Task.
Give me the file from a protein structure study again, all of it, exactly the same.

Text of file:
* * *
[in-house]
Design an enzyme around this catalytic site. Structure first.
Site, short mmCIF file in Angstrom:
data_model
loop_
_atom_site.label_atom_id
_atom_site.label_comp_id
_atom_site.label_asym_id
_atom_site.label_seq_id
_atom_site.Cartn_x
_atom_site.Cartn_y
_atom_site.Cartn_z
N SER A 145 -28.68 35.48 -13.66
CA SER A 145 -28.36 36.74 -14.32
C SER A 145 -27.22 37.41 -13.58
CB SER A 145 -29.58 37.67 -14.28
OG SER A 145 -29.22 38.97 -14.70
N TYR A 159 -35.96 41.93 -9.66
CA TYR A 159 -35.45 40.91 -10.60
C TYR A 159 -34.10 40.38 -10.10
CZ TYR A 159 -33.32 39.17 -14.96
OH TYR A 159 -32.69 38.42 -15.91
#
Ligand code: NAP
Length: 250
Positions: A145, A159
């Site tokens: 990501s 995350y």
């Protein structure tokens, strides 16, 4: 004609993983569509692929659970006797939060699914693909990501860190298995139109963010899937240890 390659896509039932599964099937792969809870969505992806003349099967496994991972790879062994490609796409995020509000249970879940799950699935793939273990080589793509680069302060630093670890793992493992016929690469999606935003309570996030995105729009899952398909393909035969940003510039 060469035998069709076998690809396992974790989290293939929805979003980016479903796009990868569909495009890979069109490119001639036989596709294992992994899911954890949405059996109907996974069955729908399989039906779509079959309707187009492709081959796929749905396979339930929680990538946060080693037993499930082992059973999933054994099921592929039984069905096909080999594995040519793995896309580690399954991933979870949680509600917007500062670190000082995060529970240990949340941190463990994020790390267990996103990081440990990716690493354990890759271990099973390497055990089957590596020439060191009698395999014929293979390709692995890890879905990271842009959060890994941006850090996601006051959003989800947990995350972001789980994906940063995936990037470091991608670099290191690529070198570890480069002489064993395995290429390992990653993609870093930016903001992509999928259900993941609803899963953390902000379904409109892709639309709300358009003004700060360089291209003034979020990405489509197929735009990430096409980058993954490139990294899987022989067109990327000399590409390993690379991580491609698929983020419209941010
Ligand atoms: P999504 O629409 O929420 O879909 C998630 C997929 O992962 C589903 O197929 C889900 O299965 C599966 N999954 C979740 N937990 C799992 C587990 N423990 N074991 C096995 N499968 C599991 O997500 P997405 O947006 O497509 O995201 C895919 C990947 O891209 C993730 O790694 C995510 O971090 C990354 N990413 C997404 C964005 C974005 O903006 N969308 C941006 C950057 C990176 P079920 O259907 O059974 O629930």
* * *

[in-house]
Design an enzyme around this catalytic site. Structure first.
Site, short mmCIF file in Angstrom:
data_model
loop_
_atom_site.label_atom_id
_atom_site.label_comp_id
_atom_site.label_asym_id
_atom_site.label_seq_id
_atom_site.Cartn_x
_atom_site.Cartn_y
_atom_site.Cartn_z
N SER A 145 -28.68 35.48 -13.66
CA SER A 145 -28.36 36.74 -14.32
C SER A 145 -27.22 37.41 -13.58
CB SER A 145 -29.58 37.67 -14.28
OG SER A 145 -29.22 38.97 -14.70
N TYR A 159 -35.96 41.93 -9.66
CA TYR A 159 -35.45 40.91 -10.60
C TYR A 159 -34.10 40.38 -10.10
CZ TYR A 159 -33.32 39.17 -14.96
OH TYR A 159 -32.69 38.42 -15.91
#
Ligand code: NAP
Length: 250
Positions: A145, A159
């Site tokens: 990501s 995350y």
């Protein structure tokens, strides 16, 4: 004609993983569509692929659970006797939060699914693909990501860190298995139109963010899937240890 390659896509039932599964099937792969809870969505992806003349099967496994991972790879062994490609796409995020509000249970879940799950699935793939273990080589793509680069302060630093670890793992493992016929690469999606935003309570996030995105729009899952398909393909035969940003510039 060469035998069709076998690809396992974790989290293939929805979003980016479903796009990868569909495009890979069109490119001639036989596709294992992994899911954890949405059996109907996974069955729908399989039906779509079959309707187009492709081959796929749905396979339930929680990538946060080693037993499930082992059973999933054994099921592929039984069905096909080999594995040519793995896309580690399954991933979870949680509600917007500062670190000082995060529970240990949340941190463990994020790390267990996103990081440990990716690493354990890759271990099973390497055990089957590596020439060191009698395999014929293979390709692995890890879905990271842009959060890994941006850090996601006051959003989800947990995350972001789980994906940063995936990037470091991608670099290191690529070198570890480069002489064993395995290429390992990653993609870093930016903001992509999928259900993941609803899963953390902000379904409109892709639309709300358009003004700060360089291209003034979020990405489509197929735009990430096409980058993954490139990294899987022989067109990327000399590409390993690379991580491609698929983020419209941010
Ligand atoms: P999504 O629409 O929420 O879909 C998630 C997929 O992962 C589903 O197929 C889900 O299965 C599966 N999954 C979740 N937990 C799992 C587990 N423990 N074991 C096995 N499968 C599991 O997500 P997405 O947006 O497509 O995201 C895919 C990947 O891209 C993730 O790694 C995510 O971090 C990354 N990413 C997404 C964005 C974005 O903006 N969308 C941006 C950057 C990176 P079920 O259907 O059974 O629930």